Faith schools don't teach religious extremism, they help stamp it out

Just look at the  Church of England schools in Birmingham, which educates children of all faiths and none

Arun Arora
Thursday 12 June 2014 15:21 BST
Children pray at a school in South London
Children pray at a school in South London

The publication of the OFSTED report into 21 schools in Birmingham linked to the “Trojan Horse” affair led to a flurry of tweets and comment from the British Humanist Association (BHA) yesterday.

The thrust of their contention - that the OFSTED report showed the damage done by the presence of faith schools in the education system – is a shaky attempt to build one of the BHA’s long held aims into the news agenda.

The tweeting of a comment from the debate on the report was typical: “Great from @crispinbluntmp - there should be no faith schools, every school should prepare pupils for life in wider British society”.

Unfortunately for the BHA the facts do little to support their claims. The fundamental problem with the BHA’s argument is that none of the schools being looked into in Birmingham are faith schools.

Not one.

Of the 21 Birmingham schools investigated by Ofsted, eight are academies and thirteen are local authority run. So the BHA’s argument that “the way to stop this kind of thing is to make get rid of faith schools” is not simply misleading. It is so far off the mark as to require special measures.

Perhaps one of the deeper ironies of the BHA’s attempt to hijack this issue for their own aims is that it is a perfect example of using a “Trojan Horse”; using the OFSTED findings as subterfuge for attacking the work of church schools not least in Birmingham itself.

The Church of England educates a million children a day in its schools. The contrast between some of the findings in the recent OFSTED investigation and the experience of those educated at Church of England schools stand in marked contrast.

As the former Chief Rabbi, Dr. Jonathan Sacks, wrote of his own experience of Church of England primary and secondary schools: “I went to Christian schools, St Mary's Church Primary, then Christ's College Finchley. We Jews were different and a minority. Yet not once was I insulted for my faith.”

The work of Church of England schools in Birmingham is that the best way of countering religious extremism is to engage with faith and not banish it. For over a decade some Church of England primary schools in the city have had an almost 100% school roll from Muslim families, serving children from local communities in the inner city.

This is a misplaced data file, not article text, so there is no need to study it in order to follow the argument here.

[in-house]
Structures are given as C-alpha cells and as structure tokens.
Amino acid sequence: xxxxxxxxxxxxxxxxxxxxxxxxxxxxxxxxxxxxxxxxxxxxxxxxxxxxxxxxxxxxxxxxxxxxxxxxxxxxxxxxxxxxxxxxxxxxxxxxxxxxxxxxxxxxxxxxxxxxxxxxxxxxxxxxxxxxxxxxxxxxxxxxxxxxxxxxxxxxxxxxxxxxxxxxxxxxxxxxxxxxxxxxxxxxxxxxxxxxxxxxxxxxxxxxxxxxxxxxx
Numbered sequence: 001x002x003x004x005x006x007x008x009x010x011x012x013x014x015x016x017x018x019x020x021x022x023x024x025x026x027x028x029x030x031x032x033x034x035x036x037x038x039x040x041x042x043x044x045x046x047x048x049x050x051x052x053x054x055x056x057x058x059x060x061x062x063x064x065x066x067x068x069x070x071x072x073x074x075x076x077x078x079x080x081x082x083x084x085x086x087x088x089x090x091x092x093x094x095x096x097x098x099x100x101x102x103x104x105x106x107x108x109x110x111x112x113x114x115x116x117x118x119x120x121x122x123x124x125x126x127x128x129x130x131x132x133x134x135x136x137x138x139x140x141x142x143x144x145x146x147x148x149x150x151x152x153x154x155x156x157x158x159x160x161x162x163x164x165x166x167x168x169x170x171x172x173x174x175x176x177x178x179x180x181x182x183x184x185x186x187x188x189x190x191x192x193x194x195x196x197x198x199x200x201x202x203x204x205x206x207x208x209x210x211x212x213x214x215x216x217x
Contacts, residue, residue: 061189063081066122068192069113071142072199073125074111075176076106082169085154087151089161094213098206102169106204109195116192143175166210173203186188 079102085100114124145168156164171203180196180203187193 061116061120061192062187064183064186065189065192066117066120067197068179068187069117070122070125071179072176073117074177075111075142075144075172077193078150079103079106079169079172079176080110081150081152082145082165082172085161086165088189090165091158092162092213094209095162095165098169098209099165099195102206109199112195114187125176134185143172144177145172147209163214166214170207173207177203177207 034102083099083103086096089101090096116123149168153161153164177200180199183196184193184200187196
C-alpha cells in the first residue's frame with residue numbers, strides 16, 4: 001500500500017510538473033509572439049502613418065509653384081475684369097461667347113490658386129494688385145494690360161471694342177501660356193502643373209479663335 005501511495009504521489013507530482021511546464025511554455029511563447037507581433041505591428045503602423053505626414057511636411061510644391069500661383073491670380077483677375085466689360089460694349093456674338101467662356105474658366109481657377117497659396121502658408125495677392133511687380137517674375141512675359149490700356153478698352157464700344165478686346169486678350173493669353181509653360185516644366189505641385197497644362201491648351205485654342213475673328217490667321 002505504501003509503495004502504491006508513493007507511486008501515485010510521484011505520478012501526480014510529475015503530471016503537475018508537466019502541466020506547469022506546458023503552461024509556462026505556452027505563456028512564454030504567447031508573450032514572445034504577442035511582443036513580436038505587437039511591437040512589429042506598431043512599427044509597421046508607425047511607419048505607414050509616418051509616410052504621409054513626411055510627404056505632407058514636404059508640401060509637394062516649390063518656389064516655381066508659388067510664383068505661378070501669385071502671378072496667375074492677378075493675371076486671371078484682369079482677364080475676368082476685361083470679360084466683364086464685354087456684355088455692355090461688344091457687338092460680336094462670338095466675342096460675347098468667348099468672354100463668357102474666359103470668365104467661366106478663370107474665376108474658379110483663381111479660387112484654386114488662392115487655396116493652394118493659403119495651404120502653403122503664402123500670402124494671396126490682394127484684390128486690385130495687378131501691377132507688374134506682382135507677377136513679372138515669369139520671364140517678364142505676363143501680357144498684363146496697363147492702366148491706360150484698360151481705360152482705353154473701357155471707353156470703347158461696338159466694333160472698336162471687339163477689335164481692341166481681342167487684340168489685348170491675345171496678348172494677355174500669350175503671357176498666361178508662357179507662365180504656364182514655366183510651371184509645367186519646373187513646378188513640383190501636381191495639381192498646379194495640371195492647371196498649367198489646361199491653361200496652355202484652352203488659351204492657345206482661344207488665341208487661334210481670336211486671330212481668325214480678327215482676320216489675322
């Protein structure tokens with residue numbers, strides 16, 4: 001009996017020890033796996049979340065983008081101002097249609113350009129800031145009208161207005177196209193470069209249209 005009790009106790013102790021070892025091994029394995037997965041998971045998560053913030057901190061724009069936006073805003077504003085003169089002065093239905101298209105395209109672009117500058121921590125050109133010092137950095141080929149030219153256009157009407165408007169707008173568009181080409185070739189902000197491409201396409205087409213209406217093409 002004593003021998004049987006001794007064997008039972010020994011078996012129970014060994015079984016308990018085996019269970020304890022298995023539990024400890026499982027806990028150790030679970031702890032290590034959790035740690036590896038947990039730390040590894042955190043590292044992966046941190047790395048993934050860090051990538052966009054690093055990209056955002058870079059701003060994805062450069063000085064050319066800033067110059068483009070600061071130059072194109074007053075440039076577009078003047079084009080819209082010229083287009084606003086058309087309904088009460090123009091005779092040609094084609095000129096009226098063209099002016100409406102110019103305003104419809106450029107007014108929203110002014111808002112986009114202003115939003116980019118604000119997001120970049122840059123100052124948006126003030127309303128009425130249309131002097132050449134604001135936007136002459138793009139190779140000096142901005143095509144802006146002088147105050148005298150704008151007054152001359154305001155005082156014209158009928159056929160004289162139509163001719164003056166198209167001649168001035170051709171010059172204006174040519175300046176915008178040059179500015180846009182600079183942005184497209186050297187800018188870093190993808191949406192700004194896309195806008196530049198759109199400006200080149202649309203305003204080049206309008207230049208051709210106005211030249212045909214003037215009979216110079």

Every Church of England School in the city educates children of all faiths and none. Meanwhile the Church of England’s only secondary school in the city provides an account of excellence and achievement in the midst of challenging circumstances.

St Alban's Academy is the only state-funded Church of England secondary school in Birmingham and is the nearest secondary school to the city centre. The proportion of students known to be eligible for free school meals is far above average. The percentage of students from minority ethnic backgrounds is more than four times the national figure. The percentage of students with special educational needs and/or disabilities is high above the national average.

The School’s most recent OFSTED report (from 2011) found the school was “outstanding”. The report said: “From exceptionally low attainment on entry, students leave with above average attainment and outstanding achievement.”

It also highlighted the achievements of the school in providing: “outstanding spiritual, moral, social and cultural development that underpins students’ exemplary behaviour and makes an exceptional contribution to their excellent learning.”

This is the experience of millions of families who have been served by Church of England schools which remains a testament at firm odds with the doctrinaire dogmatism and opportunism of the BHA.

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